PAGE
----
CARPENTER BEES

Barbara J. Bromley, Mercer County Horticulturist 2004


Carpenter bee
Carpenter bees ( Xylocopa spp.)

These robust beneficial bees are in the insect order Hymenoptera, family Anthophoridae. They are the size of bumblebees, but have a shiny black abdomen and create breeding galleries in softwoods, especially soffets and deck railings. The female chews a 3/8″ entry hole that looks drilled. The solitary males that patrol the nest opening do not have a stinger.


Carpenter bee hole

IPM control strategies: carpenter bees

Biological Woodpeckers are known to peck into galleries to remove the larvae, but this simply increases the damage to the wood.
Cultural Well-painted wood surfaces are a deterrent. Replace badly damaged softwood (cedar, redwood, pine, fir) with hardwood, such as oak or maple.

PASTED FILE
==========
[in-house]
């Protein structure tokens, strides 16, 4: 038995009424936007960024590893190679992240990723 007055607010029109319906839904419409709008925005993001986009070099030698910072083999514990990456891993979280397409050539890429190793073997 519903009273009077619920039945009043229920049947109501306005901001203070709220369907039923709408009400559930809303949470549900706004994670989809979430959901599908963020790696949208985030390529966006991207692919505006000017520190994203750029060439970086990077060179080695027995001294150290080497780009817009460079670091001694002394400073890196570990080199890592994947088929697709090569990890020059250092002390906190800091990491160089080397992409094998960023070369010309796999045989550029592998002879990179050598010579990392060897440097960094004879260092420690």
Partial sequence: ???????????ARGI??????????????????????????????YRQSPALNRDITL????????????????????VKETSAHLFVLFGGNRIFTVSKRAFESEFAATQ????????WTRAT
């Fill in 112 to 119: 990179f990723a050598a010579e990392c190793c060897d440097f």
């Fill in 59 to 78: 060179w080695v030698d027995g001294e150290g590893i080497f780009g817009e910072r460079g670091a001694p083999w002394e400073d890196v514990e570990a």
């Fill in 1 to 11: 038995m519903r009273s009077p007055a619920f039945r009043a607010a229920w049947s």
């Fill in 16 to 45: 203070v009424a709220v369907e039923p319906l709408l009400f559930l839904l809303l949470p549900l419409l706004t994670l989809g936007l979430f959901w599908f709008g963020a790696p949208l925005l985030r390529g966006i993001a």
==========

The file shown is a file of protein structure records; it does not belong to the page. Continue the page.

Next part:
Mechanical/Physical Break down nest construction by inserting a straightened coat hanger in the tunnel.
Swat them with a tennis racket or baseball bat as they buzz around
Fill holes deeply with steel wool, then caulking compound or wood putty. (Do not putty holes unless it is known that the bees are out or dead. They will simply chew new exit holes from the inside.)
Chemical Dust diatomaceous earth generously into galleries.
Wasp and Hornet Spray or other labeled insecticides.